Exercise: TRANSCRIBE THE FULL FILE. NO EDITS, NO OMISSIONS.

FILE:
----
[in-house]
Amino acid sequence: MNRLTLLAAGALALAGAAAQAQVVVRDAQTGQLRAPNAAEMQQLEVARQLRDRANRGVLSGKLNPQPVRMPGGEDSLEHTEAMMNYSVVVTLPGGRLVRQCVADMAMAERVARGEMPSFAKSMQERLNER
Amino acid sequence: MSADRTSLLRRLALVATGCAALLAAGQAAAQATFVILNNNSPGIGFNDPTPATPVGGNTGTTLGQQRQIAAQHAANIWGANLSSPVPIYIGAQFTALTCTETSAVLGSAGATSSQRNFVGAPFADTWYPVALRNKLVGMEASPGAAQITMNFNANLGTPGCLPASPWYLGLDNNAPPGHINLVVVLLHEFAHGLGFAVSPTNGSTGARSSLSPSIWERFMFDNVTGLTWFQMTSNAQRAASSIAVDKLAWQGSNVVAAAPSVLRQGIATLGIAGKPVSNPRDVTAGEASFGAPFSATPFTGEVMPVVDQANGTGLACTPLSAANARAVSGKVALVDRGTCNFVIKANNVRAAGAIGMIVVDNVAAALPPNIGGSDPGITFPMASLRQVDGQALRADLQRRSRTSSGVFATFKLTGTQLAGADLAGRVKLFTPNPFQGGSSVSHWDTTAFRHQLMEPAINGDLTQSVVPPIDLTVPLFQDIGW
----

[in-house]
Amino acid sequence: MNRLTLLAAGALALAGAAAQAQVVVRDAQTGQLRAPNAAEMQQLEVARQLRDRANRGVLSGKLNPQPVRMPGGEDSLEHTEAMMNYSVVVTLPGGRLVRQCVADMAMAERVARGEMPSFAKSMQERLNER
Amino acid sequence: MSADRTSLLRRLALVATGCAALLAAGQAAAQATFVILNNNSPGIGFNDPTPATPVGGNTGTTLGQQRQIAAQHAANIWGANLSSPVPIYIGAQFTALTCTETSAVLGSAGATSSQRNFVGAPFADTWYPVALRNKLVGMEASPGAAQITMNFNANLGTPGCLPASPWYLGLDNNAPPGHINLVVVLLHEFAHGLGFAVSPTNGSTGARSSLSPSIWERFMFDNVTGLTWFQMTSNAQRAASSIAVDKLAWQGSNVVAAAPSVLRQGIATLGIAGKPVSNPRDVTAGEASFGAPFSATPFTGEVMPVVDQANGTGLACTPLSAANARAVSGKVALVDRGTCNFVIKANNVRAAGAIGMIVVDNVAAALPPNIGGSDPGITFPMASLRQVDGQALRADLQRRSRTSSGVFATFKLTGTQLAGADLAGRVKLFTPNPFQGGSSVSHWDTTAFRHQLMEPAINGDLTQSVVPPIDLTVPLFQDIGW